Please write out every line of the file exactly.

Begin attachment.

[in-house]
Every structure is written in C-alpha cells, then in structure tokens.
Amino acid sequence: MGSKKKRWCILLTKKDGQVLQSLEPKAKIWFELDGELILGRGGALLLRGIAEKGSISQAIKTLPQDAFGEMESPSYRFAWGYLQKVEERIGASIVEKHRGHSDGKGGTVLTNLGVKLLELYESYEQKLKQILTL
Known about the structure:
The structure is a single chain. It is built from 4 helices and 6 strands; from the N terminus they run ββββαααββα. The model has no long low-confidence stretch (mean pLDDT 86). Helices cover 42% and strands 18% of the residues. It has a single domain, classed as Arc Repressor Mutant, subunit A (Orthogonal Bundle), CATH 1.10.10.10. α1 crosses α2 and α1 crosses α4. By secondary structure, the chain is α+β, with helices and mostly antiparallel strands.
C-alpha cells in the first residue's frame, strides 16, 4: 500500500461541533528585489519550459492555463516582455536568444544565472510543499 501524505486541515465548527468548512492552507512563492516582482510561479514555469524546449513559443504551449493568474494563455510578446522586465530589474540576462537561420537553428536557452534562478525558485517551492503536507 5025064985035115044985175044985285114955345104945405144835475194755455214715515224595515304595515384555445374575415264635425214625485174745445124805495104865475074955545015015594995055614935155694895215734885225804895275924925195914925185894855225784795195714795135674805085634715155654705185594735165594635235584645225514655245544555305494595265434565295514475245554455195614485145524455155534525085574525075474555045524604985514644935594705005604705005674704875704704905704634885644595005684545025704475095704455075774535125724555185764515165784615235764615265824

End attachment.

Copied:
[in-house]
Every structure is written in C-alpha cells, then in structure tokens.
Amino acid sequence: MGSKKKRWCILLTKKDGQVLQSLEPKAKIWFELDGELILGRGGALLLRGIAEKGSISQAIKTLPQDAFGEMESPSYRFAWGYLQKVEERIGASIVEKHRGHSDGKGGTVLTNLGVKLLELYESYEQKLKQILTL
Known about the structure:
The structure is a single chain. It is built from 4 helices and 6 strands; from the N terminus they run ββββαααββα. The model has no long low-confidence stretch (mean pLDDT 86). Helices cover 42% and strands 18% of the residues. It has a single domain, classed as Arc Repressor Mutant, subunit A (Orthogonal Bundle), CATH 1.10.10.10. α1 crosses α2 and α1 crosses α4. By secondary structure, the chain is α+β, with helices and mostly antiparallel strands.
C-alpha cells in the first residue's frame, strides 16, 4: 500500500461541533528585489519550459492555463516582455536568444544565472510543499 501524505486541515465548527468548512492552507512563492516582482510561479514555469524546449513559443504551449493568474494563455510578446522586465530589474540576462537561420537553428536557452534562478525558485517551492503536507 5025064985035115044985175044985285114955345104945405144835475194755455214715515224595515304595515384555445374575415264635425214625485174745445124805495104865475074955545015015594995055614935155694895215734885225804895275924925195914925185894855225784795195714795135674805085634715155654705185594735165594635235584645225514655245544555305494595265434565295514475245554455195614485145524455155534525085574525075474555045524604985514644935594705005604705005674704875704704905704634885644595005684545025704475095704455075774535125724555185764515165784615235764615265824